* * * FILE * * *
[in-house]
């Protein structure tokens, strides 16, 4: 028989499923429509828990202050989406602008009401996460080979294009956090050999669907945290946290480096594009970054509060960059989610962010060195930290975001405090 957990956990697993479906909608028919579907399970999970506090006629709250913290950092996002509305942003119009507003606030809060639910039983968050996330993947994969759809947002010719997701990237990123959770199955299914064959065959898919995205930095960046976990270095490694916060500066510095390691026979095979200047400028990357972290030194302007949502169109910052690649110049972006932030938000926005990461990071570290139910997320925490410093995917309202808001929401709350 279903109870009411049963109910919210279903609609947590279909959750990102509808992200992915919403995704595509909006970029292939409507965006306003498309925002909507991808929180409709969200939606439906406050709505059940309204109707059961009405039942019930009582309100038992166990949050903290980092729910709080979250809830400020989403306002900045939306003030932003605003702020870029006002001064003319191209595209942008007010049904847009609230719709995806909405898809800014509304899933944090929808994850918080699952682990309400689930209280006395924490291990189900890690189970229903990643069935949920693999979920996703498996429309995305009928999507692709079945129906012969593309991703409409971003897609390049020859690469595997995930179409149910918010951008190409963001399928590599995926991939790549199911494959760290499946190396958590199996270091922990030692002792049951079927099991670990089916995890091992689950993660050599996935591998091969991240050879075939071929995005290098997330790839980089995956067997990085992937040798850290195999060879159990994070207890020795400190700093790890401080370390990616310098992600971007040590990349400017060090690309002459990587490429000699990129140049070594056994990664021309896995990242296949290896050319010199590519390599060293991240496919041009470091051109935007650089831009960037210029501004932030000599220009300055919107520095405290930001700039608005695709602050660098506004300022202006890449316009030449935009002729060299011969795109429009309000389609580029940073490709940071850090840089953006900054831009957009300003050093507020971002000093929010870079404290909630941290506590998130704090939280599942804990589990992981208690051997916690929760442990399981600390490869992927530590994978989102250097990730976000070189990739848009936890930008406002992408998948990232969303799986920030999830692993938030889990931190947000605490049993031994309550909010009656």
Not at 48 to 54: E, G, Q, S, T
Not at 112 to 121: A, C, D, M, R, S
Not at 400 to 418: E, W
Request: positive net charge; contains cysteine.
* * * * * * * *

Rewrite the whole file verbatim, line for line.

[in-house]
């Protein structure tokens, strides 16, 4: 028989499923429509828990202050989406602008009401996460080979294009956090050999669907945290946290480096594009970054509060960059989610962010060195930290975001405090 957990956990697993479906909608028919579907399970999970506090006629709250913290950092996002509305942003119009507003606030809060639910039983968050996330993947994969759809947002010719997701990237990123959770199955299914064959065959898919995205930095960046976990270095490694916060500066510095390691026979095979200047400028990357972290030194302007949502169109910052690649110049972006932030938000926005990461990071570290139910997320925490410093995917309202808001929401709350 279903109870009411049963109910919210279903609609947590279909959750990102509808992200992915919403995704595509909006970029292939409507965006306003498309925002909507991808929180409709969200939606439906406050709505059940309204109707059961009405039942019930009582309100038992166990949050903290980092729910709080979250809830400020989403306002900045939306003030932003605003702020870029006002001064003319191209595209942008007010049904847009609230719709995806909405898809800014509304899933944090929808994850918080699952682990309400689930209280006395924490291990189900890690189970229903990643069935949920693999979920996703498996429309995305009928999507692709079945129906012969593309991703409409971003897609390049020859690469595997995930179409149910918010951008190409963001399928590599995926991939790549199911494959760290499946190396958590199996270091922990030692002792049951079927099991670990089916995890091992689950993660050599996935591998091969991240050879075939071929995005290098997330790839980089995956067997990085992937040798850290195999060879159990994070207890020795400190700093790890401080370390990616310098992600971007040590990349400017060090690309002459990587490429000699990129140049070594056994990664021309896995990242296949290896050319010199590519390599060293991240496919041009470091051109935007650089831009960037210029501004932030000599220009300055919107520095405290930001700039608005695709602050660098506004300022202006890449316009030449935009002729060299011969795109429009309000389609580029940073490709940071850090840089953006900054831009957009300003050093507020971002000093929010870079404290909630941290506590998130704090939280599942804990589990992981208690051997916690929760442990399981600390490869992927530590994978989102250097990730976000070189990739848009936890930008406002992408998948990232969303799986920030999830692993938030889990931190947000605490049993031994309550909010009656």
Not at 48 to 54: E, G, Q, S, T
Not at 112 to 121: A, C, D, M, R, S
Not at 400 to 418: E, W
Request: positive net charge; contains cysteine.